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animals plants nervous react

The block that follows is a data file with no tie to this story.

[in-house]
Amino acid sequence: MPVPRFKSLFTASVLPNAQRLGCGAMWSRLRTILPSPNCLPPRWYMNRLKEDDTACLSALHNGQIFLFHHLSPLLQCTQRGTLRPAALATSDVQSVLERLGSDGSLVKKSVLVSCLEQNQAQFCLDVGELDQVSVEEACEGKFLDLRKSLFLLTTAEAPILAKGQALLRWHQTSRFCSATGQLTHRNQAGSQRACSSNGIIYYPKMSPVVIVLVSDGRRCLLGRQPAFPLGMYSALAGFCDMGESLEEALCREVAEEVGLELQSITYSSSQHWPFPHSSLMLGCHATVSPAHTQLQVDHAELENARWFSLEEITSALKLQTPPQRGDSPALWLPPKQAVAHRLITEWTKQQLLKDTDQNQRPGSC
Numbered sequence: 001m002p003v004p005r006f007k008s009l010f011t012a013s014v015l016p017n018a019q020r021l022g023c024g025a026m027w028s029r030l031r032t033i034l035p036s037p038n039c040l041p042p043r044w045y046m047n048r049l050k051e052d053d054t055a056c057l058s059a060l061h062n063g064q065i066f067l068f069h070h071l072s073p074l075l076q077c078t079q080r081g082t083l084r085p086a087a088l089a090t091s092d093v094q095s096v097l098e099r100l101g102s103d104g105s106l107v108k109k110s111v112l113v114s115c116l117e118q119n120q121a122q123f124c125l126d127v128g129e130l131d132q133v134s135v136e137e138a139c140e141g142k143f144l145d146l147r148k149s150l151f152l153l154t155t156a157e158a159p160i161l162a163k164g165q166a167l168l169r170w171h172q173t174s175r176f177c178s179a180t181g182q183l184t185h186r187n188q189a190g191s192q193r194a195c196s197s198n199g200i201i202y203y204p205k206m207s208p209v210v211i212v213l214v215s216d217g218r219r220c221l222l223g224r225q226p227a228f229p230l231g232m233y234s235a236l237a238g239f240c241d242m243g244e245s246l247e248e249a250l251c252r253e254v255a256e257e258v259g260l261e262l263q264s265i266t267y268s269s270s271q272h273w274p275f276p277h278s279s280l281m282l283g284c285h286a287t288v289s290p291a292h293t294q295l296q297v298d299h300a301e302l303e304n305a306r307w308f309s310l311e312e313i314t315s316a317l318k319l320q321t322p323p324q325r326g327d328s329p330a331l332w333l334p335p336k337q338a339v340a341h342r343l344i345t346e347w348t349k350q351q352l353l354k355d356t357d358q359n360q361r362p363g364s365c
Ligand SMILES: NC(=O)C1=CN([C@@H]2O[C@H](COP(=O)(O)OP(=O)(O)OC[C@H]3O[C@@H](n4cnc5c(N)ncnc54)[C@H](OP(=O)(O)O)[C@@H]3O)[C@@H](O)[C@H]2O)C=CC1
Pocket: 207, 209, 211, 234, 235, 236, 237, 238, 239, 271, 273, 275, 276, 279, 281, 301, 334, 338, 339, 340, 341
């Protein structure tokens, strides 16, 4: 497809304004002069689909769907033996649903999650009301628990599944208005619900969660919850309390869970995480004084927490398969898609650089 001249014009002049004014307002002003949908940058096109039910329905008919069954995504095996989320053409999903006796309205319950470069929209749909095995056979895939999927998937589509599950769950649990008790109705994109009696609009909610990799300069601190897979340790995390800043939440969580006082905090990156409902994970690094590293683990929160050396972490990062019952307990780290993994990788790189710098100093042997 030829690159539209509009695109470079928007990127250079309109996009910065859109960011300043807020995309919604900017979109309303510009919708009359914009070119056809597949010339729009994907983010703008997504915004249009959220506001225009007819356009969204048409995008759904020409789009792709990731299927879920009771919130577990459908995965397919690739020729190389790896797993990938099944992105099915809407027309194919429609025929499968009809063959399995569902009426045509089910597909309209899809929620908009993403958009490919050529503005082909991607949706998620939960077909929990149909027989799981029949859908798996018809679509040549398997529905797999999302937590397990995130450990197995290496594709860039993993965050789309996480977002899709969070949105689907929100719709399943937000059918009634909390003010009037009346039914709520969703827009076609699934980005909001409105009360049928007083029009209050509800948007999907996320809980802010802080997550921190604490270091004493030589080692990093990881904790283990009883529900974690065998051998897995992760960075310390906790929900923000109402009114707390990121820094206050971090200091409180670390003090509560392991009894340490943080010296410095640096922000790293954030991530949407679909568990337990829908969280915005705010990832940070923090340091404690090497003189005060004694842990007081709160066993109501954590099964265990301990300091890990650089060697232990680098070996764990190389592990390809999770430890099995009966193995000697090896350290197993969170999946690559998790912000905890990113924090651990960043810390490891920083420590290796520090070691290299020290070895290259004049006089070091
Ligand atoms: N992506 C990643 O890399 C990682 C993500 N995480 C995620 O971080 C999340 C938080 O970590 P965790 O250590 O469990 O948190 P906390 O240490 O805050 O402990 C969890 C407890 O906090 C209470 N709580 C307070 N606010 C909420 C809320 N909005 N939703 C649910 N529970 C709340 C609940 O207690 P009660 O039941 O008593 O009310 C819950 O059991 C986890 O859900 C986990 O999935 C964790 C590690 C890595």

Animal, living organism distinguished from plants by locomotion, environmental reactivity, nutrient absorption, and cell structure. Animals move freely using a wide variety of mechanisms to do so, whereas plants are rooted to one place. Animals sense their environments and react to them. In the case of multicellular animals, they react by means of the nervous system; in more highly developed animals reactions to the environment are mediated by the nervous system combined with sense organs of touch, smell, taste, hearing, and sight. Plants may react to light, chemicals, and other stimuli, but such reactions are automatic and not nervous. Plants usually contain chlorophyll, which helps them build, from inorganic material, the organic substances of which they consist. Animals must consume organic food. And while both plants and animals are made up of cells, plants have a cell wall strengthened with cellulose (a woodlike substance), but animals contain no cellulose. Other minor distinctions include the ability of plants, lacking in animals, to periodically form new organs from undifferentiated cells.

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